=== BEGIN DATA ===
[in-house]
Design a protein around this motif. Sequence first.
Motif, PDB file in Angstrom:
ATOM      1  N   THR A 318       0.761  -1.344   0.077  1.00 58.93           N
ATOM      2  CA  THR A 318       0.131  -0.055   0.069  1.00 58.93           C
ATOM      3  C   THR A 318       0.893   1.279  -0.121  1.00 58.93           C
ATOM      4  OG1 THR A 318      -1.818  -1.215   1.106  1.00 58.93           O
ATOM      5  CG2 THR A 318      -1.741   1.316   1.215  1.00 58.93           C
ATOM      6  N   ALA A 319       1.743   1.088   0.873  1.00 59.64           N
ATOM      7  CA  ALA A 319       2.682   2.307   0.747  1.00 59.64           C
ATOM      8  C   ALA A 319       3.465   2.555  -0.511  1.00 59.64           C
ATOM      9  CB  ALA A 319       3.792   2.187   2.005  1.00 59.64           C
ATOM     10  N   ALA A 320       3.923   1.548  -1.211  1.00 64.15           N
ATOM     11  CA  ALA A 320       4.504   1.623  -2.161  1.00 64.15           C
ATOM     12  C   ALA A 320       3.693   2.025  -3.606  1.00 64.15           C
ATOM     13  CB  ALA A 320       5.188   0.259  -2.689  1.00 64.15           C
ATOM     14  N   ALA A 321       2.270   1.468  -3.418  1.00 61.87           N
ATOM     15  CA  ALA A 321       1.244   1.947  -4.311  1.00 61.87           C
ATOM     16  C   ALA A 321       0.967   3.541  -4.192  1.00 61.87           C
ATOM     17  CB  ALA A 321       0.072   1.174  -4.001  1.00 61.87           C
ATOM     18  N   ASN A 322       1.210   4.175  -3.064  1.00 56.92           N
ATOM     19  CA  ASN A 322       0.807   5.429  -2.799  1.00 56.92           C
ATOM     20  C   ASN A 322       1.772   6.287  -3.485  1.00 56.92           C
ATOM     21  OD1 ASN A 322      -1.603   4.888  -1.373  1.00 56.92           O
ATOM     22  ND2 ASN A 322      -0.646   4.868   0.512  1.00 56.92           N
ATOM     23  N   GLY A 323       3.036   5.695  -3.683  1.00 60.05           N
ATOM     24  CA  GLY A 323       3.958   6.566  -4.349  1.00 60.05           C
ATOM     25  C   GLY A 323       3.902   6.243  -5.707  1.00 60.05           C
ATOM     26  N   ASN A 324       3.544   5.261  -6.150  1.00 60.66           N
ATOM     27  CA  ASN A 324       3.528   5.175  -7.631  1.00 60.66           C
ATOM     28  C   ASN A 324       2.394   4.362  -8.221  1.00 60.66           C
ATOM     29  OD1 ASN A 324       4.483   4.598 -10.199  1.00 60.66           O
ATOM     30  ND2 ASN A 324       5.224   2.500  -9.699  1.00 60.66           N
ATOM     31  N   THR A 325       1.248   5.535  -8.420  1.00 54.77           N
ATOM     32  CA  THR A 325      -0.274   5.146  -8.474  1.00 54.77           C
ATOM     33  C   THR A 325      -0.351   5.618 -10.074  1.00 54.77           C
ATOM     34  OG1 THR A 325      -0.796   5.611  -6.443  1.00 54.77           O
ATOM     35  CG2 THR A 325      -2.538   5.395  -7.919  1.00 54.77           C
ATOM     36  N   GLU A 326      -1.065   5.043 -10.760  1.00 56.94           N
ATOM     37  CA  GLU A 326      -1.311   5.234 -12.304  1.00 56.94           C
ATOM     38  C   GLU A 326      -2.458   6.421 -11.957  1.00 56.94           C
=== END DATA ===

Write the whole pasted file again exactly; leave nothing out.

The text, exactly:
[in-house]
Design a protein around this motif. Sequence first.
Motif, PDB file in Angstrom:
ATOM      1  N   THR A 318       0.761  -1.344   0.077  1.00 58.93           N
ATOM      2  CA  THR A 318       0.131  -0.055   0.069  1.00 58.93           C
ATOM      3  C   THR A 318       0.893   1.279  -0.121  1.00 58.93           C
ATOM      4  OG1 THR A 318      -1.818  -1.215   1.106  1.00 58.93           O
ATOM      5  CG2 THR A 318      -1.741   1.316   1.215  1.00 58.93           C
ATOM      6  N   ALA A 319       1.743   1.088   0.873  1.00 59.64           N
ATOM      7  CA  ALA A 319       2.682   2.307   0.747  1.00 59.64           C
ATOM      8  C   ALA A 319       3.465   2.555  -0.511  1.00 59.64           C
ATOM      9  CB  ALA A 319       3.792   2.187   2.005  1.00 59.64           C
ATOM     10  N   ALA A 320       3.923   1.548  -1.211  1.00 64.15           N
ATOM     11  CA  ALA A 320       4.504   1.623  -2.161  1.00 64.15           C
ATOM     12  C   ALA A 320       3.693   2.025  -3.606  1.00 64.15           C
ATOM     13  CB  ALA A 320       5.188   0.259  -2.689  1.00 64.15           C
ATOM     14  N   ALA A 321       2.270   1.468  -3.418  1.00 61.87           N
ATOM     15  CA  ALA A 321       1.244   1.947  -4.311  1.00 61.87           C
ATOM     16  C   ALA A 321       0.967   3.541  -4.192  1.00 61.87           C
ATOM     17  CB  ALA A 321       0.072   1.174  -4.001  1.00 61.87           C
ATOM     18  N   ASN A 322       1.210   4.175  -3.064  1.00 56.92           N
ATOM     19  CA  ASN A 322       0.807   5.429  -2.799  1.00 56.92           C
ATOM     20  C   ASN A 322       1.772   6.287  -3.485  1.00 56.92           C
ATOM     21  OD1 ASN A 322      -1.603   4.888  -1.373  1.00 56.92           O
ATOM     22  ND2 ASN A 322      -0.646   4.868   0.512  1.00 56.92           N
ATOM     23  N   GLY A 323       3.036   5.695  -3.683  1.00 60.05           N
ATOM     24  CA  GLY A 323       3.958   6.566  -4.349  1.00 60.05           C
ATOM     25  C   GLY A 323       3.902   6.243  -5.707  1.00 60.05           C
ATOM     26  N   ASN A 324       3.544   5.261  -6.150  1.00 60.66           N
ATOM     27  CA  ASN A 324       3.528   5.175  -7.631  1.00 60.66           C
ATOM     28  C   ASN A 324       2.394   4.362  -8.221  1.00 60.66           C
ATOM     29  OD1 ASN A 324       4.483   4.598 -10.199  1.00 60.66           O
ATOM     30  ND2 ASN A 324       5.224   2.500  -9.699  1.00 60.66           N
ATOM     31  N   THR A 325       1.248   5.535  -8.420  1.00 54.77           N
ATOM     32  CA  THR A 325      -0.274   5.146  -8.474  1.00 54.77           C
ATOM     33  C   THR A 325      -0.351   5.618 -10.074  1.00 54.77           C
ATOM     34  OG1 THR A 325      -0.796   5.611  -6.443  1.00 54.77           O
ATOM     35  CG2 THR A 325      -2.538   5.395  -7.919  1.00 54.77           C
ATOM     36  N   GLU A 326      -1.065   5.043 -10.760  1.00 56.94           N
ATOM     37  CA  GLU A 326      -1.311   5.234 -12.304  1.00 56.94           C
ATOM     38  C   GLU A 326      -2.458   6.421 -11.957  1.00 56.94           C